Copycat Banana Up&Go

My kids went through a phase of loving the liquid breakfast items, UP&GO. With time, I’ve managed to wean them off it and find another version that they like. Here is my recipe – plus some tips for storing up bananas that are going a bit funky.

Snack foods and kids

I’ll put it out there: we eat way too many processed foods in our household, especially treat and snack foods. We probably eat less processed foods than an average household (what is average anyway), but we still eat too much.

I accept that I can’t totally deprive my kids of processed foods. If I make them ‘bad’, when they are adults they will just go and binge. I do, however, try to limit what we buy and consume. It’s much easier to go shopping without my kids. But when we do go shopping together, a certain amount of snack foods will find their way into the trolly. I term this a ‘tax’ of going shopping with them. We joke about taxes and also joke that we are going to limit the number of them in the trolley. So they will get some, but not all.

I don’t have a vendetta against UP&GO. They have their place, and I’ve bought a carton in bulk from Costco before when it was an unavoidable ‘tax’. We still buy them occasionally as a treat. They are better than soft drinks or the super sweet juices that are marketed to kids – actually, they’re a lot better than a lot of alternatives. But I do like to avoid buying things like this if only for the environmental aspect: even when recycled, it’s good to do without packaging.

Better bananas

I never throw out bananas. Well, hardly ever. They’re a favourite of my kids in school lunches in non-COVID times. Unfortunately, they often turn back at home a bit brown and funky (or slightly squished).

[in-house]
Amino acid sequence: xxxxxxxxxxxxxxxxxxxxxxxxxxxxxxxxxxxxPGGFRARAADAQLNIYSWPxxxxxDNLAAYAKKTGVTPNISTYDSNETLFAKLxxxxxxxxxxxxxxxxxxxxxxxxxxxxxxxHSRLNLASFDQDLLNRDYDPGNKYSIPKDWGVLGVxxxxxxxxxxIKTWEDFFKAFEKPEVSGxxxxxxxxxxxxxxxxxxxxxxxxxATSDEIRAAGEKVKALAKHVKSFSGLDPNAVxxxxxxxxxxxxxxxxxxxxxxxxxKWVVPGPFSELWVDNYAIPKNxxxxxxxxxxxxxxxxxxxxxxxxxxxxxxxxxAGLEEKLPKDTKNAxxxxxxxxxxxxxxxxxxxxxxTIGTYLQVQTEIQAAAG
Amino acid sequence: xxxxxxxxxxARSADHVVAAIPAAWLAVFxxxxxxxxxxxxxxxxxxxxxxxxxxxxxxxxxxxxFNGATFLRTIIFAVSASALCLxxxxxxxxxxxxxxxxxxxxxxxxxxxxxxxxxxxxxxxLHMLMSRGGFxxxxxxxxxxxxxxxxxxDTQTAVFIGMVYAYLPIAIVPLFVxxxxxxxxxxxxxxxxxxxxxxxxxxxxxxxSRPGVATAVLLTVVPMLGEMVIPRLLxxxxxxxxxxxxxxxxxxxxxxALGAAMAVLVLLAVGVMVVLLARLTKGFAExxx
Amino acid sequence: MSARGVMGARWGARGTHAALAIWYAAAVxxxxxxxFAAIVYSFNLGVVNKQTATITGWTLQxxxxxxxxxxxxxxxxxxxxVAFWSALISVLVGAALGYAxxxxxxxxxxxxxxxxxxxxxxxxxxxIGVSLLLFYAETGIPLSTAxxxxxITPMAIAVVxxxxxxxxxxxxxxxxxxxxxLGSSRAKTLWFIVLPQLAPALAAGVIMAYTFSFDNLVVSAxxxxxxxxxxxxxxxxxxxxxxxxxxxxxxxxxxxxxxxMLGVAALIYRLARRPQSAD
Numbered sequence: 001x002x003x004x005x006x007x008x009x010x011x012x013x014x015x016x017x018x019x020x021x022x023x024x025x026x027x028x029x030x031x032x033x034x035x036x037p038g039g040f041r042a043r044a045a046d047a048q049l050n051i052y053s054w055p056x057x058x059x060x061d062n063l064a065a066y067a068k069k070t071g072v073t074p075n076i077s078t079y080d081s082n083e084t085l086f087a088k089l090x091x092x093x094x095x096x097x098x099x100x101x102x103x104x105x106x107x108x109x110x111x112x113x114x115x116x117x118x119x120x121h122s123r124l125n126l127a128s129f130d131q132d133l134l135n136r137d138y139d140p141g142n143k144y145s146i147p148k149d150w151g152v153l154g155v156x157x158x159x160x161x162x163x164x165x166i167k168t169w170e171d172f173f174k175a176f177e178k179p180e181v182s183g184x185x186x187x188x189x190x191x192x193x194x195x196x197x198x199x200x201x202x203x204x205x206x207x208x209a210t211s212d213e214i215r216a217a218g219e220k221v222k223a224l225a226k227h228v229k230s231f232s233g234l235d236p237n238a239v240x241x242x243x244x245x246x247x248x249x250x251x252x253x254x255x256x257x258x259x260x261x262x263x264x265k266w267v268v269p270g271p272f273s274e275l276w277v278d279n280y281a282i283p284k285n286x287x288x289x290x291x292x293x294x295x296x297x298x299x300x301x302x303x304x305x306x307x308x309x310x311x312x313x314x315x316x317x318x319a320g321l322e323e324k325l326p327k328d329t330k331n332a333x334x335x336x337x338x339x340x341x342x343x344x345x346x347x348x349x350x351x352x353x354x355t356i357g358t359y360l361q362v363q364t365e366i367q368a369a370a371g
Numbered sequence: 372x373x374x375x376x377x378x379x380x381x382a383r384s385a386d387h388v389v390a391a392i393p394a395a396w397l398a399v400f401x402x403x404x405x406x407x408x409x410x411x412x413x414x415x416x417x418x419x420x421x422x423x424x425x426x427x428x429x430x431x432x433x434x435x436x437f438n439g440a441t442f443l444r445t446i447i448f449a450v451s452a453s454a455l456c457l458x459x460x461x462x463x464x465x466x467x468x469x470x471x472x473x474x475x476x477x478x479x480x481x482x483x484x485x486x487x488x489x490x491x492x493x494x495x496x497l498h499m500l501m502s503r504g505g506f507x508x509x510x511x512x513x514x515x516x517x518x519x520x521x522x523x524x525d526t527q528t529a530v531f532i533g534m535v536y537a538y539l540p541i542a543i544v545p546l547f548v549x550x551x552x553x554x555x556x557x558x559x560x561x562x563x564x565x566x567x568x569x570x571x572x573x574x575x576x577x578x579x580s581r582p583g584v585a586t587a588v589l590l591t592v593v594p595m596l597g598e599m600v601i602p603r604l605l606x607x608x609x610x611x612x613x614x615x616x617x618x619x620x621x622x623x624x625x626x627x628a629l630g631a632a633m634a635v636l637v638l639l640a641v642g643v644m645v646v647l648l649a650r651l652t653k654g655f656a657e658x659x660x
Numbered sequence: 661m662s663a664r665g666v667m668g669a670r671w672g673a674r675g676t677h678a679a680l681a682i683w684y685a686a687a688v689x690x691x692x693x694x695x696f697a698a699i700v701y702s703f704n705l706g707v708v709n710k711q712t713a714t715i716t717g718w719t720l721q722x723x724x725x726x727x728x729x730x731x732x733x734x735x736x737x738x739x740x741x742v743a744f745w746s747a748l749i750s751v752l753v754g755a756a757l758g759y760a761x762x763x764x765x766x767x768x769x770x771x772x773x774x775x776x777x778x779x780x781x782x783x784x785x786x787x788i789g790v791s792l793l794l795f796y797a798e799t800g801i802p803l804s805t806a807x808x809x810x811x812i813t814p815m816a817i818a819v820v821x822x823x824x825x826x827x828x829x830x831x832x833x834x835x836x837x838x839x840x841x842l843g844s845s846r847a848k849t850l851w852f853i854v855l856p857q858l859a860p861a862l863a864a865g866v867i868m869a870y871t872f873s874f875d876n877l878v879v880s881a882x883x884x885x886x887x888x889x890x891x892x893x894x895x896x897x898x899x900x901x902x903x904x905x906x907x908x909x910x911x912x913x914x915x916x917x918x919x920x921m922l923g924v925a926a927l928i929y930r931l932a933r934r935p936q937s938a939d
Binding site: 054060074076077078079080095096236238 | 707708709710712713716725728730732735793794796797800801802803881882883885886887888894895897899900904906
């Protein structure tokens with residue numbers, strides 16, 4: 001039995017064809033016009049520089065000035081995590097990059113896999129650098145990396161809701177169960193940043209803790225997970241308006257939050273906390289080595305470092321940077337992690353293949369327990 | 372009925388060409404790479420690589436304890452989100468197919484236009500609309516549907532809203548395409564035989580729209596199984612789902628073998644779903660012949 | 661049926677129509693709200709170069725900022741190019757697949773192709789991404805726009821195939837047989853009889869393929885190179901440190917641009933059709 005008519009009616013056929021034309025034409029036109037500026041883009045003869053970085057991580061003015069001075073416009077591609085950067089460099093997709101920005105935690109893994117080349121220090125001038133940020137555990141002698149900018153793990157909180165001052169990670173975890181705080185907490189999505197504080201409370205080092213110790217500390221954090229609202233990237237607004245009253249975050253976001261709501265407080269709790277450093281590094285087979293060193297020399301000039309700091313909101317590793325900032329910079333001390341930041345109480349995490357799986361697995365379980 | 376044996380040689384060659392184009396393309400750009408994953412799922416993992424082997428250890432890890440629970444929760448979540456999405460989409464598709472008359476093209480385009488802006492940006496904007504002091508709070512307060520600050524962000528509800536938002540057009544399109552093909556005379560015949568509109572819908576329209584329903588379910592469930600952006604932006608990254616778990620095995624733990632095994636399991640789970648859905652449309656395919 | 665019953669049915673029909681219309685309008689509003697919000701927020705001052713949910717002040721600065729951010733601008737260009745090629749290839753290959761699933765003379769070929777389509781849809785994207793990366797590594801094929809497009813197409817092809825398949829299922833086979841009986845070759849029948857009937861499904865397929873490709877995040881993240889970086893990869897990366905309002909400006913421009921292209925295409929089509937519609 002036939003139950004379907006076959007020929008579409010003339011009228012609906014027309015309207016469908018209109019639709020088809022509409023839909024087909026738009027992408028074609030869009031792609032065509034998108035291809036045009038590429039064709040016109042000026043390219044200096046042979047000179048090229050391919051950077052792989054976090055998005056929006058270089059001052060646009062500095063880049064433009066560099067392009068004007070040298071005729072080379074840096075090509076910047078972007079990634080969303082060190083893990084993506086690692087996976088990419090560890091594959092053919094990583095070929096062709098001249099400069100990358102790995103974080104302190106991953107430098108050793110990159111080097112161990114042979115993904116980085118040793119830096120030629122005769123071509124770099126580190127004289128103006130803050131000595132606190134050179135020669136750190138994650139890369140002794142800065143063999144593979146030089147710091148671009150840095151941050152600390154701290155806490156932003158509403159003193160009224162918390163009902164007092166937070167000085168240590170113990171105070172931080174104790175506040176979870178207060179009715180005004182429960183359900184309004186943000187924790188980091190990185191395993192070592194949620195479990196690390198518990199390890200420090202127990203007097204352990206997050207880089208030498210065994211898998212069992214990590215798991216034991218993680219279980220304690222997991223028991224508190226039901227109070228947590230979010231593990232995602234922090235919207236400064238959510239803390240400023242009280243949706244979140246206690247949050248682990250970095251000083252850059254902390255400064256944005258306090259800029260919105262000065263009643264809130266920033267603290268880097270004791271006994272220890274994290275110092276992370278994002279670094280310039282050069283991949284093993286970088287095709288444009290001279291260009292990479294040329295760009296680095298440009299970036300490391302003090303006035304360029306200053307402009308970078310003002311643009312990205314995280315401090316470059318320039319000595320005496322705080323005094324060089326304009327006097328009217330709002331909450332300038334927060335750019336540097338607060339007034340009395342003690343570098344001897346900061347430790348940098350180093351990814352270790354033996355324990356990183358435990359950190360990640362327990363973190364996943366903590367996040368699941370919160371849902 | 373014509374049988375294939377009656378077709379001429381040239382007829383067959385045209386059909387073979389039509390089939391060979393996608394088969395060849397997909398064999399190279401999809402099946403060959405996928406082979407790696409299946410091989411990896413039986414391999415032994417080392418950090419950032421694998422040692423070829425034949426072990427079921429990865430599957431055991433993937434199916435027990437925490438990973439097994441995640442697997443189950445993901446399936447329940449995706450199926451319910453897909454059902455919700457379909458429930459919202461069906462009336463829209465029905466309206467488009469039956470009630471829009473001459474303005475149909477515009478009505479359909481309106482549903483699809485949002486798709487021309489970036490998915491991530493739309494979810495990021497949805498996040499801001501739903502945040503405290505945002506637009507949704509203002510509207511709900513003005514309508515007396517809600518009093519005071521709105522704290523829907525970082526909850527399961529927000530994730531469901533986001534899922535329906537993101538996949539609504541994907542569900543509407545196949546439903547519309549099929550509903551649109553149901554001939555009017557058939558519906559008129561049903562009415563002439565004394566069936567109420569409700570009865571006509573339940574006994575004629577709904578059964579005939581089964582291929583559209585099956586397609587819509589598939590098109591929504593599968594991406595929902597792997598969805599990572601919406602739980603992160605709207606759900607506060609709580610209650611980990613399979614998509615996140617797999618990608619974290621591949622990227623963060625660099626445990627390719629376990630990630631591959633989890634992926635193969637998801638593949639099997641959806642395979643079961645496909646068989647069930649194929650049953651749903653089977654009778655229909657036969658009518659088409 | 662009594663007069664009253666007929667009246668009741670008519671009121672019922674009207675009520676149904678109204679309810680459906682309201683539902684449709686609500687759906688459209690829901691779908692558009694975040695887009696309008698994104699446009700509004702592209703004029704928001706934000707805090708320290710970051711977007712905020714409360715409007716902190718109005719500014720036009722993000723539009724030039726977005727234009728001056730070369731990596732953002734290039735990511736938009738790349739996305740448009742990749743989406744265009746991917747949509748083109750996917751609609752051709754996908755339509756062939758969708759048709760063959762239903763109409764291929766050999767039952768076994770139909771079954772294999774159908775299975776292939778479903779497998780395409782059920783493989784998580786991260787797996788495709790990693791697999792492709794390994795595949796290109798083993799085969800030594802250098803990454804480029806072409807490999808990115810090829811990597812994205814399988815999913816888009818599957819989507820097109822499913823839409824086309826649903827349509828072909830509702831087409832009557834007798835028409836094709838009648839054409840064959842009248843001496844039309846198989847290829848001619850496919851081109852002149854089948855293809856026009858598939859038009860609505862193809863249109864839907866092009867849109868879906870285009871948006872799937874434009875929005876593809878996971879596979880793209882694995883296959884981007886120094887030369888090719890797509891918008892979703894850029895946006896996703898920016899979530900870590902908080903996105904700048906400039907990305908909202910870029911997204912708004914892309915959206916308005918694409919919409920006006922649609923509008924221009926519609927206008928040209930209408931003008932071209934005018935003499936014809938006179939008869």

Rather than throw them out, unless I’m going to bake a banana cake or something, I freeze them. And when I say freeze them, I mean I throw the whole banana into the freezer. Yep, that’s right: I don’t cut it up, process it, put it in a plastic bag or do anything. I’m pretty lazy when it comes to rescuing bananas.

A whole banana with its skin on will last several weeks in the freezer. It will begin to shrivel if you leave it for months (over a year and you will probably need to throw it out), but it’s fine for weeks. An advantage of frozen bananas is that they make the best smoothies – icy cold and perfect for this recipe.

To use the frozen bananas in cooking, I cut them into pieces, slice off the skin and then either use them frozen (e.g. in a blender or thermocooker), or microwave for up to 30 seconds (which makes them go really mushy and perfect for baking a cake.

You can eat the skin – it’s perfectly fine – but my kids are fussy eaters so we don’t. You can also bury the skins in soil, or add water to them to make a type of banana skin tea. It is a great fertilizer, especially for cropping plants such as tomatoes.

Frozen banana and Weetbix smoothie

This is a great recipe to make during lockdown, especially if you have frozen bananas all ready to use up. I know fresh fruit and vegies are important, but frozen is also healthy. This recipe uses full cream milk powder, which is also a great staple during lockdown. You can substitute skim, or use one cup of another type of milk (e.g. oat milk).

Ingredients

1 frozen banana, cut into pieces
1/3 cup full cream milk powder
1 cup water
A handful of leftover Weetbix crumbs (e.g. the type your find at the bottom of your packet)
1/2 teaspoon vanilla extract (optional)

Method

  1. Place the cut up bananas into the bowl of a blender or thermocooker. Add the other ingredients.
  2. Blend for around two and a half minutes.
  3. Pour into a glass, drink and enjoy. (Note: this makes one large glass and a bit – probably close to twice the quantity of an UP&GO.)

Cost

Milk powder, 1/3 cup$0.25
Banana – leftover, free0
Weetbix – leftover, free0
Vanilla (optional)$0.12
Total cost$0.37

In comparison, a three-pack UP&GO from Woolworths (when not on sale) costs $4.95 or $1.65.

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